By David Swanson on 12/23/2009, 10:21am PT  

[Ed Note: On Monday, The BRAD BLOG published Frank Schaeffer's guest editorial, "Obama Will Win: Why and How His Critics from the Left and Right Will be Proven Wrong". Today, we're pleased to offer a counterpoint in reply by author David Swanson.]

Guest editorial by David Swanson

I've appreciated much of Frank Schaeffer's commentary at The BRAD BLOG but his column here this week on Obama winning was an exception. Schaeffer labels himself an "Obama supporter" and explains that Obama supporters are "sticking with our President." The language Schaeffer uses, after identifying himself as a "former religious Rightwing agitator", is helpful in illuminating a troubling pattern of thought that is widespread in our society:

"We faithful Obama supporters still trust our initial impression of him as a great, good and uniquely qualified man to lead us."

Here is faith, or at least faithfulness, explicitly entering politics through the advocacy of a recovering religious advocate. As everyone knows who has tried to recover from a pattern of thought, it is far easier to reject or reverse the specifics than it is to step outside the framework. But it is the framework that I find disturbing. I disagree with the point of view above just as much as I disagree with rightwing religious agitation, and for the same reasons. I don't want to be a faithful, trusting supporter of a uniquely great and good being...

I have a different understanding of how a just, peaceful, sustainable society can be created and improved upon. Lasting and advantageous public policy, I believe, should come from the majority of the public and should be established by our representatives in Congress, and should be enforced by a weak executive who obeys the same laws we all must obey. Even if I believed we had, for the moment, a benevolent President who voluntarily took his agenda from the public will, I would not want him or her to be able to create laws, spend funds, launch wars, or engage in any of the activities the founders of this country, so fearful of the ever-present danger of the "great, good, and uniquely qualified man," wisely placed in the legislative branch.

Schaeffer looks with scorn upon the "easily distracted Left" which has failed to "stick with our president" and had the nerve (to a pathetically minimal extent) to heed the President's advice to "get out there and make me do it," that is to treat the President as an elected representative rather than a dictator. But distraction is in the eye of the beholder.

The distractions that concern me are those that distract us from our job of pressuring the House of Representatives to block war funding, block Wall Street bailouts, and hold elected officials accountable. Has anyone noticed that none of the dozens of subpoenas issued in the last Congress against criminal members of the Bush administration have been reissued since the Justice Department fell under the tight supervision of the "great, good, and uniquely qualified man"? Of course not. We're too busy reading about that man himself and his personal travails as a superhuman personification of American goodness. To wit:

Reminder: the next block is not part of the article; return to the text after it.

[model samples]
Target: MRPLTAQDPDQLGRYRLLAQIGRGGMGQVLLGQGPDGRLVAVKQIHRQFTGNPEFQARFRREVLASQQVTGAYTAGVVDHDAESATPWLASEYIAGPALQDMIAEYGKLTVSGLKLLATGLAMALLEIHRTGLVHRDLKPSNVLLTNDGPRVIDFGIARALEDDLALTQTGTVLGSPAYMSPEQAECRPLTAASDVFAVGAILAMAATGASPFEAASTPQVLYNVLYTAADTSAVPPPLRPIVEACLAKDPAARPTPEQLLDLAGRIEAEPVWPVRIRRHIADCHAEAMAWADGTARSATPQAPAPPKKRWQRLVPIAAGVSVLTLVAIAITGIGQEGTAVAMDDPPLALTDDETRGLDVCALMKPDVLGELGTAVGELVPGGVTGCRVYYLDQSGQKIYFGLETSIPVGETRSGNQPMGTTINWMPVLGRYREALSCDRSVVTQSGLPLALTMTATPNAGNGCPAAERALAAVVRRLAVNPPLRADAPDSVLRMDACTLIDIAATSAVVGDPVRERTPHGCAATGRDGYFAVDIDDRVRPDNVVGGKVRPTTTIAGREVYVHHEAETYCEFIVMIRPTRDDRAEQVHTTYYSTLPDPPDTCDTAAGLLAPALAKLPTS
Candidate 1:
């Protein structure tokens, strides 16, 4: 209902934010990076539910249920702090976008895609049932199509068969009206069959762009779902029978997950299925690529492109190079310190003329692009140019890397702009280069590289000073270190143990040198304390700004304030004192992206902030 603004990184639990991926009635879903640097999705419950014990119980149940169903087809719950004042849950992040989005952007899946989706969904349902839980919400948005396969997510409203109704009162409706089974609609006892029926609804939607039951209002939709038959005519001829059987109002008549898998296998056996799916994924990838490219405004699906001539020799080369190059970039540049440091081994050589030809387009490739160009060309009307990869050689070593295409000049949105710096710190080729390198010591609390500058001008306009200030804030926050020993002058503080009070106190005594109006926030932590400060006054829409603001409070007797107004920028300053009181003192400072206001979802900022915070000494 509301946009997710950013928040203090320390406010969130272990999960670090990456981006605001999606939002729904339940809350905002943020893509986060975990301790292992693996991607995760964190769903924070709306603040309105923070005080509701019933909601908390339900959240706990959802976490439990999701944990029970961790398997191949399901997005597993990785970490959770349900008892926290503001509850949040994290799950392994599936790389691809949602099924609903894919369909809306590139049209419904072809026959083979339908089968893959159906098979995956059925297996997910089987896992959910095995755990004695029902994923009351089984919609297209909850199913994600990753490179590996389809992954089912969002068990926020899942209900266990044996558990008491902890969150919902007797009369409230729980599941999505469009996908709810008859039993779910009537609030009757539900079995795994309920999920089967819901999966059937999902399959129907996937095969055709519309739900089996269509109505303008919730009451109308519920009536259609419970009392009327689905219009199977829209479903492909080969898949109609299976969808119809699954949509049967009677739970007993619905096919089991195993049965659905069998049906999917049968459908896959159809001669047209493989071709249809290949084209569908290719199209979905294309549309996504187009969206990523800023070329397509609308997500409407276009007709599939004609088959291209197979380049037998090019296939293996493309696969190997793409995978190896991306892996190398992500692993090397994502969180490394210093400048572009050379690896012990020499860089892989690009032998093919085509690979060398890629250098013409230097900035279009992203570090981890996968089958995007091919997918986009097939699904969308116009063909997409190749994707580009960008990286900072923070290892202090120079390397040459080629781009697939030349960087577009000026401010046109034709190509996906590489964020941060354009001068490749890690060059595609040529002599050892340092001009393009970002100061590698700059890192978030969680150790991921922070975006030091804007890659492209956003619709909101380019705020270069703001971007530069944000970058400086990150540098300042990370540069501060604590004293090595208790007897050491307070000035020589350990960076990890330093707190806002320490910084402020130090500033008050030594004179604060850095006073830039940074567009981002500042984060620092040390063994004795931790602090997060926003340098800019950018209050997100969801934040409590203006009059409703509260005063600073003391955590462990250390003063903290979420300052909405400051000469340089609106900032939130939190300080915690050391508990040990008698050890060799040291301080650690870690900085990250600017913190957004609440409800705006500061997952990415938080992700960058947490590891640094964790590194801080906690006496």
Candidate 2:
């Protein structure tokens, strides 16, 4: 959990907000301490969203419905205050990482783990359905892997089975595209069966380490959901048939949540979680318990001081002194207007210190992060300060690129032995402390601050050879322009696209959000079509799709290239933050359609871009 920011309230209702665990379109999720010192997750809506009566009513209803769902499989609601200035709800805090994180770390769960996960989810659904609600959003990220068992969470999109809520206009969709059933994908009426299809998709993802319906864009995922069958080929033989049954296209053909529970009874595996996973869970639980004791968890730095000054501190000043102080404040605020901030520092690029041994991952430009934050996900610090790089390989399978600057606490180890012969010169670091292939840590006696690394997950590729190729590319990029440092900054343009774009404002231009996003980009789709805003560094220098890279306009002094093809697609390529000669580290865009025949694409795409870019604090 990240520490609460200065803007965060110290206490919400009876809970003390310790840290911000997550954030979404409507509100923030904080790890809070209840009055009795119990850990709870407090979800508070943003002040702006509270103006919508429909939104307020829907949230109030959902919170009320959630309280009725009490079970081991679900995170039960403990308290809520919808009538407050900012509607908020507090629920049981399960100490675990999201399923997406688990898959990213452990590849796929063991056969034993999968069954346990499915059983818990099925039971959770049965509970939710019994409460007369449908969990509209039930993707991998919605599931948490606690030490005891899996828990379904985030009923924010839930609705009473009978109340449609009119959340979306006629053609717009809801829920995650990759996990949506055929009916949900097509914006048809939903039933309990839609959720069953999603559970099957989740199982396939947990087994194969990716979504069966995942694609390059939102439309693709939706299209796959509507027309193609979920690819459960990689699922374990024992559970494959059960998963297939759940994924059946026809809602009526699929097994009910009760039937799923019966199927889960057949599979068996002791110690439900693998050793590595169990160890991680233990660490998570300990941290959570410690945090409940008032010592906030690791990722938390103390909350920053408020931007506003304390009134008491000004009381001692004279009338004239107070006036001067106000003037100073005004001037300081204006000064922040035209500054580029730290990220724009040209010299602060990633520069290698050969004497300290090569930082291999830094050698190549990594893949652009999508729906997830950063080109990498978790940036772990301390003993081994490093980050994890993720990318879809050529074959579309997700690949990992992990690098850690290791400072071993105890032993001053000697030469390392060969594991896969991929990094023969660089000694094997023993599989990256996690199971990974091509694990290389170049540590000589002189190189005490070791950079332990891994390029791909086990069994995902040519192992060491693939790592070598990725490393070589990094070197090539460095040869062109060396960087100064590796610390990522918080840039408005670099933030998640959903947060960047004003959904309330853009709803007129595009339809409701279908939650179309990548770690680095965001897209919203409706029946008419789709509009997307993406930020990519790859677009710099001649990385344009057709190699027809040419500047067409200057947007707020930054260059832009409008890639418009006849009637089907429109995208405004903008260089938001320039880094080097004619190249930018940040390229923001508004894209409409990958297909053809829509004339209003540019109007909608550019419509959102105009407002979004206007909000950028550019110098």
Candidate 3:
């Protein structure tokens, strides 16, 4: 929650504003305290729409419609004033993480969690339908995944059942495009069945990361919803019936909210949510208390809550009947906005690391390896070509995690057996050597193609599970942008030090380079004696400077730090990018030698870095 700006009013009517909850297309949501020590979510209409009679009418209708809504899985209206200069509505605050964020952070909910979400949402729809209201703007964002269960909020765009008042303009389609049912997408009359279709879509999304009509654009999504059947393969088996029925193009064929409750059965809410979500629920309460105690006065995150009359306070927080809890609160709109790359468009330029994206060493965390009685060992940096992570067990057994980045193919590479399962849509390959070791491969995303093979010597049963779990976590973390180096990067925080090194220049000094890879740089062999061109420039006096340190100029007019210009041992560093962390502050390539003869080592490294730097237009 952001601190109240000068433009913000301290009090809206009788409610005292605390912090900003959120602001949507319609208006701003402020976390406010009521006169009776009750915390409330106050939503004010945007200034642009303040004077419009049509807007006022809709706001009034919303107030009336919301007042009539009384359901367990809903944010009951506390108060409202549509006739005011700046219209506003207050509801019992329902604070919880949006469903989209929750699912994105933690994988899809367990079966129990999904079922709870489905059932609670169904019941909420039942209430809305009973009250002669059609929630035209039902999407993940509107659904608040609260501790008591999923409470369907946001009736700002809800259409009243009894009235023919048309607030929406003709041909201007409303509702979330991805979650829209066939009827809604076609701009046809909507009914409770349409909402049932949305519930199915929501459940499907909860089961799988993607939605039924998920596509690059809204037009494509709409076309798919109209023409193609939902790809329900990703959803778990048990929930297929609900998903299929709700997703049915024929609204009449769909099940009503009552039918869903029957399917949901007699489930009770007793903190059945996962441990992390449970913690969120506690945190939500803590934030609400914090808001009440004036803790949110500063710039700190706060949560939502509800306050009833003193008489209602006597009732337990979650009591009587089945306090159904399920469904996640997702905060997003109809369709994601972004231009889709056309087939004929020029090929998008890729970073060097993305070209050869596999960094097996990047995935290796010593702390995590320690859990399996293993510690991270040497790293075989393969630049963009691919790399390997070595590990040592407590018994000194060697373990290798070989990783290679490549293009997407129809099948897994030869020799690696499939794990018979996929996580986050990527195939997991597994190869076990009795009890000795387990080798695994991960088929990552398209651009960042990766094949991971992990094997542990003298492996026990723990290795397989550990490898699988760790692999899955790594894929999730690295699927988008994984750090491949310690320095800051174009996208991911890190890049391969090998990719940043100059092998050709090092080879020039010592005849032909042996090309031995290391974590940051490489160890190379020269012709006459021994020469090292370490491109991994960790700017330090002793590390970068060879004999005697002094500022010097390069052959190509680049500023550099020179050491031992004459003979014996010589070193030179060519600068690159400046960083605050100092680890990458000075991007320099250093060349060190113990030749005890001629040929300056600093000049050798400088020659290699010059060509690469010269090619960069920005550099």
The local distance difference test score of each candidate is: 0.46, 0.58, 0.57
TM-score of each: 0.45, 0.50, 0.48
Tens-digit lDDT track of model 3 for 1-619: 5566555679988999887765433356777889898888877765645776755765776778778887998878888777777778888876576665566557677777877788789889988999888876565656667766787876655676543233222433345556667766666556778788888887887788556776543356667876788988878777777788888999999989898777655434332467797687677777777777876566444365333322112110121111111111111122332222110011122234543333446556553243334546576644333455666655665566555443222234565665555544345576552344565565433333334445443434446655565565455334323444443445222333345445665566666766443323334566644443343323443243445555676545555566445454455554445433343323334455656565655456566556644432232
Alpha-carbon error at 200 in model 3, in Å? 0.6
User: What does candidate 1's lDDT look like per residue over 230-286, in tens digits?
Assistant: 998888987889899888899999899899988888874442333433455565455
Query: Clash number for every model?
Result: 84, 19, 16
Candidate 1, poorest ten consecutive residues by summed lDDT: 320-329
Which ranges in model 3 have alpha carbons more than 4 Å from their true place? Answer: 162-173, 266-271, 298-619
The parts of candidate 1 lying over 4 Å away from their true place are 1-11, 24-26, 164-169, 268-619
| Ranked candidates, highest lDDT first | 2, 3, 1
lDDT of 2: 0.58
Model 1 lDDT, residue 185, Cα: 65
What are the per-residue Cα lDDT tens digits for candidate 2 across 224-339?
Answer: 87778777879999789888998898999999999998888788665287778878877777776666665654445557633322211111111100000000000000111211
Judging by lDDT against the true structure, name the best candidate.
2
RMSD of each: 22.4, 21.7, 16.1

Not since the days of the rise of fascism in Europe, the Second World War and the Depression has any President faced more adversity. Not since the Civil War has any President led a more bitterly divided country. Not since the introduction of racial integration has any President faced a more consistently short-sighted and willfully ignorant opposition - from both the Right and Left.

Really? Those who think promises to reform NAFTA, support the Employee Free Choice Act, withdraw troops from Iraq, enforce the rule of law, halt the practice of rewriting laws with signing statements or creating them with executive orders, cease abusing "state secrets" privileges, create more not less transparency, broadcast meetings online, stop funding wars outside the standard budget, protect the rights of prisoners, promote the creation of a public healthcare option, comply with international treaties and laws, and apply the law equally to all should be upheld are willfully ignorant in roughly the same way as those who believe the President was born in Africa and wants to create communism, and who threaten his assassination? Here's Schaeffer's explanation:

As the President's poll numbers have fallen so has his support from some on the Left that were hailing him as a Messiah not long ago; all those lefty websites and commentators that were falling all over themselves on behalf of our first black President during the 2008 election.

The Left's lack of faith has become a self-fulfilling 'prophecy' --- snipe at the President and then watch the poll numbers fall and then pretend you didn't have anything to do with it!

Schaeffer links to polling, not on the public's view of any particular policy, but on whether or not we "approve" of the President in toto, an absurd polling practice that itself promotes the silly presidentialism that follows. If I like the President's nominee for the Supreme Court and dislike his murderous attacks on Afghanistan, Pakistan, Iraq, Yemen, and elsewhere, do I "approve" of the President, or don't I? What about after I've factored in a thousand other issues? Am I a citizen in a democratic republic or a high school student electing a prom king? Is our republic deeply secular or does it demand of me, above all, "faith"?